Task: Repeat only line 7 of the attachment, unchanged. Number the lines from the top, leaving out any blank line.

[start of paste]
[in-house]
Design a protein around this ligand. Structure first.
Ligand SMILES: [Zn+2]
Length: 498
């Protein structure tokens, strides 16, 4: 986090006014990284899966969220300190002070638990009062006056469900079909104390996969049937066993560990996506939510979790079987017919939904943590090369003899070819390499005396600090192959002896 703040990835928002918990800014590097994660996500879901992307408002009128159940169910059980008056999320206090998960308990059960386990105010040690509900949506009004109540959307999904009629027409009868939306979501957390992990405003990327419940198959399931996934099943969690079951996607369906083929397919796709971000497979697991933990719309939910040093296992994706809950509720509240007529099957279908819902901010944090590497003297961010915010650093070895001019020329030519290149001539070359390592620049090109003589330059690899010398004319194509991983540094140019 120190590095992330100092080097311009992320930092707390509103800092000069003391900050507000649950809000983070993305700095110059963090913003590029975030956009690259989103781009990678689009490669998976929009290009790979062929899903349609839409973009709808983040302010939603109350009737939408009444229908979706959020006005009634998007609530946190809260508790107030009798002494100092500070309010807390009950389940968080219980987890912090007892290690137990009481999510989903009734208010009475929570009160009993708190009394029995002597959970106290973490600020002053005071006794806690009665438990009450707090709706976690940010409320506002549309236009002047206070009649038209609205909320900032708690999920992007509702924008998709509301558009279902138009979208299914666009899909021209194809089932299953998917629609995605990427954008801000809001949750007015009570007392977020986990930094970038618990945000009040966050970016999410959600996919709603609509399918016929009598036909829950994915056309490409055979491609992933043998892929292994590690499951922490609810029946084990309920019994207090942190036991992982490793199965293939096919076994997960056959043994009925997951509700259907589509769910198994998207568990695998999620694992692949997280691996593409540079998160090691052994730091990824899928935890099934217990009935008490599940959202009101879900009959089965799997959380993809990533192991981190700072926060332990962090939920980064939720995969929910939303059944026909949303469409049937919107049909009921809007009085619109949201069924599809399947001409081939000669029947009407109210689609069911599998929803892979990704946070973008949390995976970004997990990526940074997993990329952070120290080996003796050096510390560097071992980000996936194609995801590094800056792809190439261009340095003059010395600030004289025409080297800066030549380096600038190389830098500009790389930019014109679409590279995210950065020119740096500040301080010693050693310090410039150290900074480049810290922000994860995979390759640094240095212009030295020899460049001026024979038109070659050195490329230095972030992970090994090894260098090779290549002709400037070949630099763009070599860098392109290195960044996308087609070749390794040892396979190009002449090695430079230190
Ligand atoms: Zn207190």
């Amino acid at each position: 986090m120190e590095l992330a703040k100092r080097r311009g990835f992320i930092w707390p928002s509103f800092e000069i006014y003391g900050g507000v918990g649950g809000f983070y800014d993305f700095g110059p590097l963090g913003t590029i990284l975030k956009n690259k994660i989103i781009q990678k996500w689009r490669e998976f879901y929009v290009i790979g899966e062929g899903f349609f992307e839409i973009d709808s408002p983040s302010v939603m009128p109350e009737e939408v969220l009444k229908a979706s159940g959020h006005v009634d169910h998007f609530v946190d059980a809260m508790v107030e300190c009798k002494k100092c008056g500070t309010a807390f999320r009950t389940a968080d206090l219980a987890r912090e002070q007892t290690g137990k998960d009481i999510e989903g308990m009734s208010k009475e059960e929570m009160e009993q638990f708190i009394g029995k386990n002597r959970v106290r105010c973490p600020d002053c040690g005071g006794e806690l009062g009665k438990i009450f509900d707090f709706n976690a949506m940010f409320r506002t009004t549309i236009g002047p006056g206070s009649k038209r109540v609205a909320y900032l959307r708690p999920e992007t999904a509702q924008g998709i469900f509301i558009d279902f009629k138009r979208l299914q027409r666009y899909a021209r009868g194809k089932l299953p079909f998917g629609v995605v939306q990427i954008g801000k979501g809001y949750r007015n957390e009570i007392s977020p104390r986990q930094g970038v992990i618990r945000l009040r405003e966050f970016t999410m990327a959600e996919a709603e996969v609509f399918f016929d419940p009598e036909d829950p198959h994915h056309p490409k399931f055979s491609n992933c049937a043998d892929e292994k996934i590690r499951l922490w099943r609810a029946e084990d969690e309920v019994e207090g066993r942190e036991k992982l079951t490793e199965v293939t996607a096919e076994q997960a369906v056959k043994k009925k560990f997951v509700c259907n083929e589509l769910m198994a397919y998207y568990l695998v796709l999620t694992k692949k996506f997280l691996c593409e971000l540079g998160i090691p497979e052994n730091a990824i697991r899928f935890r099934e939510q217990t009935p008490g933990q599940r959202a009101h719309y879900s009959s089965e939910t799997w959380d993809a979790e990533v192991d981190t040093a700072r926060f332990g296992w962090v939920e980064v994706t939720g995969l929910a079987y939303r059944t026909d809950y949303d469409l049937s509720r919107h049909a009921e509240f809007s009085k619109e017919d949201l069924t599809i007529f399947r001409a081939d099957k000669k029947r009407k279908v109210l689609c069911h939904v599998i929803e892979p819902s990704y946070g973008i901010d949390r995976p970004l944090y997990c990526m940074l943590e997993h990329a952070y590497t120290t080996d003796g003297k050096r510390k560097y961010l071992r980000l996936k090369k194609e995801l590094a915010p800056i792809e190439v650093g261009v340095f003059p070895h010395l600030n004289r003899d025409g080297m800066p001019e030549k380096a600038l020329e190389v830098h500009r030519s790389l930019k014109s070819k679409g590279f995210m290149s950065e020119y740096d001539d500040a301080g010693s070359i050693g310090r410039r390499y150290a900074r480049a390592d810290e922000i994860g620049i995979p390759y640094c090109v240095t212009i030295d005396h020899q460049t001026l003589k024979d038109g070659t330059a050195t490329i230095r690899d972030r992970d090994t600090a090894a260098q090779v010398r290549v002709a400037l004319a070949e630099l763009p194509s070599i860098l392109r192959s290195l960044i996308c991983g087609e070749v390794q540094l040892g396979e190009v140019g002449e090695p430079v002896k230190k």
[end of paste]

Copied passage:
């Amino acid at each position: 986090m120190e590095l992330a703040k100092r080097r311009g990835f992320i930092w707390p928002s509103f800092e000069i006014y003391g900050g507000v918990g649950g809000f983070y800014d993305f700095g110059p590097l963090g913003t590029i990284l975030k956009n690259k994660i989103i781009q990678k996500w689009r490669e998976f879901y929009v290009i790979g899966e062929g899903f349609f992307e839409i973009d709808s408002p983040s302010v939603m009128p109350e009737e939408v969220l009444k229908a979706s159940g959020h006005v009634d169910h998007f609530v946190d059980a809260m508790v107030e300190c009798k002494k100092c008056g500070t309010a807390f999320r009950t389940a968080d206090l219980a987890r912090e002070q007892t290690g137990k998960d009481i999510e989903g308990m009734s208010k009475e059960e929570m009160e009993q638990f708190i009394g029995k386990n002597r959970v106290r105010c973490p600020d002053c040690g005071g006794e806690l009062g009665k438990i009450f509900d707090f709706n976690a949506m940010f409320r506002t009004t549309i236009g002047p006056g206070s009649k038209r109540v609205a909320y900032l959307r708690p999920e992007t999904a509702q924008g998709i469900f509301i558009d279902f009629k138009r979208l299914q027409r666009y899909a021209r009868g194809k089932l299953p079909f998917g629609v995605v939306q990427i954008g801000k979501g809001y949750r007015n957390e009570i007392s977020p104390r986990q930094g970038v992990i618990r945000l009040r405003e966050f970016t999410m990327a959600e996919a709603e996969v609509f399918f016929d419940p009598e036909d829950p198959h994915h056309p490409k399931f055979s491609n992933c049937a043998d892929e292994k996934i590690r499951l922490w099943r609810a029946e084990d969690e309920v019994e207090g066993r942190e036991k992982l079951t490793e199965v293939t996607a096919e076994q997960a369906v056959k043994k009925k560990f997951v509700c259907n083929e589509l769910m198994a397919y998207y568990l695998v796709l999620t694992k692949k996506f997280l691996c593409e971000l540079g998160i090691p497979e052994n730091a990824i697991r899928f935890r099934e939510q217990t009935p008490g933990q599940r959202a009101h719309y879900s009959s089965e939910t799997w959380d993809a979790e990533v192991d981190t040093a700072r926060f332990g296992w962090v939920e980064v994706t939720g995969l929910a079987y939303r059944t026909d809950y949303d469409l049937s509720r919107h049909a009921e509240f809007s009085k619109e017919d949201l069924t599809i007529f399947r001409a081939d099957k000669k029947r009407k279908v109210l689609c069911h939904v599998i929803e892979p819902s990704y946070g973008i901010d949390r995976p970004l944090y997990c990526m940074l943590e997993h990329a952070y590497t120290t080996d003796g003297k050096r510390k560097y961010l071992r980000l996936k090369k194609e995801l590094a915010p800056i792809e190439v650093g261009v340095f003059p070895h010395l600030n004289r003899d025409g080297m800066p001019e030549k380096a600038l020329e190389v830098h500009r030519s790389l930019k014109s070819k679409g590279f995210m290149s950065e020119y740096d001539d500040a301080g010693s070359i050693g310090r410039r390499y150290a900074r480049a390592d810290e922000i994860g620049i995979p390759y640094c090109v240095t212009i030295d005396h020899q460049t001026l003589k024979d038109g070659t330059a050195t490329i230095r690899d972030r992970d090994t600090a090894a260098q090779v010398r290549v002709a400037l004319a070949e630099l763009p194509s070599i860098l392109r192959s290195l960044i996308c991983g087609e070749v390794q540094l040892g396979e190009v140019g002449e090695p430079v002896k230190k």